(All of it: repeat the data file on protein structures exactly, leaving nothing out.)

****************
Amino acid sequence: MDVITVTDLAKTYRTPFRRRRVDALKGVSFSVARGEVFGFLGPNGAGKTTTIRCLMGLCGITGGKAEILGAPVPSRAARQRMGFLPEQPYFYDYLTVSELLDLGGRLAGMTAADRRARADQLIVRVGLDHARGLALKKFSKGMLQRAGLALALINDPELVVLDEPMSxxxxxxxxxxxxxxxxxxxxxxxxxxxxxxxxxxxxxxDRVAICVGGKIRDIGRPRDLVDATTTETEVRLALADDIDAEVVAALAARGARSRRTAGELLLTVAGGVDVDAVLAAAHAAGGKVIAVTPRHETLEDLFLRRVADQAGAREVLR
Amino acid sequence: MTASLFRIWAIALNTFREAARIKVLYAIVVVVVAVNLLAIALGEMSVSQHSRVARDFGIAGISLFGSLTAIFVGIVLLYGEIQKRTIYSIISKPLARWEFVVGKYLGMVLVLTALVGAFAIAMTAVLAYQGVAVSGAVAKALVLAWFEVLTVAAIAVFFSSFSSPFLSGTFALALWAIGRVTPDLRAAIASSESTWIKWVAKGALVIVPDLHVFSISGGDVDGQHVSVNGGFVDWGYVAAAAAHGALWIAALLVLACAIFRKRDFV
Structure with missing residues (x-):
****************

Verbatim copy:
Amino acid sequence: MDVITVTDLAKTYRTPFRRRRVDALKGVSFSVARGEVFGFLGPNGAGKTTTIRCLMGLCGITGGKAEILGAPVPSRAARQRMGFLPEQPYFYDYLTVSELLDLGGRLAGMTAADRRARADQLIVRVGLDHARGLALKKFSKGMLQRAGLALALINDPELVVLDEPMSxxxxxxxxxxxxxxxxxxxxxxxxxxxxxxxxxxxxxxDRVAICVGGKIRDIGRPRDLVDATTTETEVRLALADDIDAEVVAALAARGARSRRTAGELLLTVAGGVDVDAVLAAAHAAGGKVIAVTPRHETLEDLFLRRVADQAGAREVLR
Amino acid sequence: MTASLFRIWAIALNTFREAARIKVLYAIVVVVVAVNLLAIALGEMSVSQHSRVARDFGIAGISLFGSLTAIFVGIVLLYGEIQKRTIYSIISKPLARWEFVVGKYLGMVLVLTALVGAFAIAMTAVLAYQGVAVSGAVAKALVLAWFEVLTVAAIAVFFSSFSSPFLSGTFALALWAIGRVTPDLRAAIASSESTWIKWVAKGALVIVPDLHVFSISGGDVDGQHVSVNGGFVDWGYVAAAAAHGALWIAALLVLACAIFRKRDFV
Structure with missing residues (x-):